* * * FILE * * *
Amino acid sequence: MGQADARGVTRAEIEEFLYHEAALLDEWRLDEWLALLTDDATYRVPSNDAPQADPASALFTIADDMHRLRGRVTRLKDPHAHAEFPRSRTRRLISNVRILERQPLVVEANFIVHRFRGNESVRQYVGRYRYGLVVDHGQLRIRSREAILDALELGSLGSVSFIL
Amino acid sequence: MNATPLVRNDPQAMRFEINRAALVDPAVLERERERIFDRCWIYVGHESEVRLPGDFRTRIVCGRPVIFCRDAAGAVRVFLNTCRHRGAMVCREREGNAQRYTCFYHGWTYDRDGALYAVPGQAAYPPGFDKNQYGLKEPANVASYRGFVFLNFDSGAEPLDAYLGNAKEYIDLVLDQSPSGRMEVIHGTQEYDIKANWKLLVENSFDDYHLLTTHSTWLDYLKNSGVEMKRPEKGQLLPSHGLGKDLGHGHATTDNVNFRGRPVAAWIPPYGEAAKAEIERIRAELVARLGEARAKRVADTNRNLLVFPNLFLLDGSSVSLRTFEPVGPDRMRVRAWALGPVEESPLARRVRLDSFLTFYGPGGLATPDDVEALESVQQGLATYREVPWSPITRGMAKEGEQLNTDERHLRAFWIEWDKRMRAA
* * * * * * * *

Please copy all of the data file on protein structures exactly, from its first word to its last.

Amino acid sequence: MGQADARGVTRAEIEEFLYHEAALLDEWRLDEWLALLTDDATYRVPSNDAPQADPASALFTIADDMHRLRGRVTRLKDPHAHAEFPRSRTRRLISNVRILERQPLVVEANFIVHRFRGNESVRQYVGRYRYGLVVDHGQLRIRSREAILDALELGSLGSVSFIL
Amino acid sequence: MNATPLVRNDPQAMRFEINRAALVDPAVLERERERIFDRCWIYVGHESEVRLPGDFRTRIVCGRPVIFCRDAAGAVRVFLNTCRHRGAMVCREREGNAQRYTCFYHGWTYDRDGALYAVPGQAAYPPGFDKNQYGLKEPANVASYRGFVFLNFDSGAEPLDAYLGNAKEYIDLVLDQSPSGRMEVIHGTQEYDIKANWKLLVENSFDDYHLLTTHSTWLDYLKNSGVEMKRPEKGQLLPSHGLGKDLGHGHATTDNVNFRGRPVAAWIPPYGEAAKAEIERIRAELVARLGEARAKRVADTNRNLLVFPNLFLLDGSSVSLRTFEPVGPDRMRVRAWALGPVEESPLARRVRLDSFLTFYGPGGLATPDDVEALESVQQGLATYREVPWSPITRGMAKEGEQLNTDERHLRAFWIEWDKRMRAA